“I am writing on behalf of Amos Trust to voice our concern over the accusations made against Stephen Sizer of anti-Semitism. As you know, Amos Trust is a small creative Christian human rights organisation that was named after the call of the prophet Amos: ‘Let justice flow like rivers and righteousness like a never ending stream’. We have worked closely with Stephen for many years. I have heard him speak on numerous occasions and read his written works and I have no doubt that Stephen is driven by a commitment to justice, peace, non-violence and above all reconciliation. He is motivated by the cry of Palestinian Christians for justice and solidarity, in the sure belief that this will also provide the best hope for security and peace for Israelis. The allegations against him are not only unfounded but are a deliberate attempt to try to prevent church leaders from speaking out in a prophetic manner on the situation facing Palestinians.” Revd Chris Rose, Director, Amos Trust.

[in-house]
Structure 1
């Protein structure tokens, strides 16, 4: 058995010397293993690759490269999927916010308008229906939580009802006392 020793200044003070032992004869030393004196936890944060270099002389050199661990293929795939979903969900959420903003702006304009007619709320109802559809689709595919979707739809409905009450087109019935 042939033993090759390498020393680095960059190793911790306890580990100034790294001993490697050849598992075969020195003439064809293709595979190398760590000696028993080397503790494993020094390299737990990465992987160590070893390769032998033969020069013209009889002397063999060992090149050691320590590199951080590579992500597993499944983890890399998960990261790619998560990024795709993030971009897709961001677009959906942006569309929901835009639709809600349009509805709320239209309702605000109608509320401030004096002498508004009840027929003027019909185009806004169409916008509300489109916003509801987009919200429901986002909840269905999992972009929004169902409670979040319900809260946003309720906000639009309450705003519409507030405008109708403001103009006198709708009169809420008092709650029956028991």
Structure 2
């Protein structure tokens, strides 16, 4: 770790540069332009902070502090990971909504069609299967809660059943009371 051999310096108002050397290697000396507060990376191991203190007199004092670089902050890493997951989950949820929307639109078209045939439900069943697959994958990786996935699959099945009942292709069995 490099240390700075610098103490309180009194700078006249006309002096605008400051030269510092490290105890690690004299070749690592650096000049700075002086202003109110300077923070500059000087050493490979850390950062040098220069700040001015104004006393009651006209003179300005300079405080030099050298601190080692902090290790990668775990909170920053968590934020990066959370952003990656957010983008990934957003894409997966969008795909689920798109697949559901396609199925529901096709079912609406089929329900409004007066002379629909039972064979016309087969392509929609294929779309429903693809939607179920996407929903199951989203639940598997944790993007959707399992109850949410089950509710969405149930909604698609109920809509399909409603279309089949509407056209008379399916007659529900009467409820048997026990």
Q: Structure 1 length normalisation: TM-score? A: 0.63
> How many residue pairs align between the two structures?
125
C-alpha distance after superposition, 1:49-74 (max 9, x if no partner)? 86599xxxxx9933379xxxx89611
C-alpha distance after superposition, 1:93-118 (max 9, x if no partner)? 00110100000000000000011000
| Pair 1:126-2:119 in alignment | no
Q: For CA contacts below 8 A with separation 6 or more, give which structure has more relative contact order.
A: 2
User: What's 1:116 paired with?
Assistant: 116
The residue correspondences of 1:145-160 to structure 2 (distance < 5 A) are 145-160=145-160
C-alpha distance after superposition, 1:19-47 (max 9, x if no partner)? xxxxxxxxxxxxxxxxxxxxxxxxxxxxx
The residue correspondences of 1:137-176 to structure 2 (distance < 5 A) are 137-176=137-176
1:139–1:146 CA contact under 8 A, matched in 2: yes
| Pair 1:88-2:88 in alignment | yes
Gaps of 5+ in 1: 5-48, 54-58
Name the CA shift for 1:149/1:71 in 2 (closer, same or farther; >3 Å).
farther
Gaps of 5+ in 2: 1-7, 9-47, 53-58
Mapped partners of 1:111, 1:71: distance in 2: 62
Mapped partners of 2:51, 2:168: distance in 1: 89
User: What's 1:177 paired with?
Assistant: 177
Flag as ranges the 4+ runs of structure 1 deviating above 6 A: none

“In 2012 I had occasion to support the Reverend Stephen Sizer who was under attack for ‘antisemitism’. It was clear to me then as it is now that the Revered Sizer is no antisemite. In fact he is a strong antiracist who challenges oppression wherever he finds it. I have no reason to change the views that I set out in 2012. In fact I am dismayed that the Board of Deputies has dredged this tired canard up again and are trying heartlessly to destroy Stephen’s livelihood. The Board of Deputies does not speak for all Jews and it should be noted that in their unceasing advocacy for Israel they have encouraged many Jews to distance themselves from their organisation. I have now read the two added complaints that Ms Van Zyl has made about the Reverend Sizer and can find nothing antisemitic in them. Israel is a state and must make its own arguments in defence of its egregious actions. It does no one any good for Israel and its supporters to defend themselves by abusing the very important issue of antisemitism which all of us recognise is sadly on the rise again.” Diana Neslen, Jews for Justice for Palestinians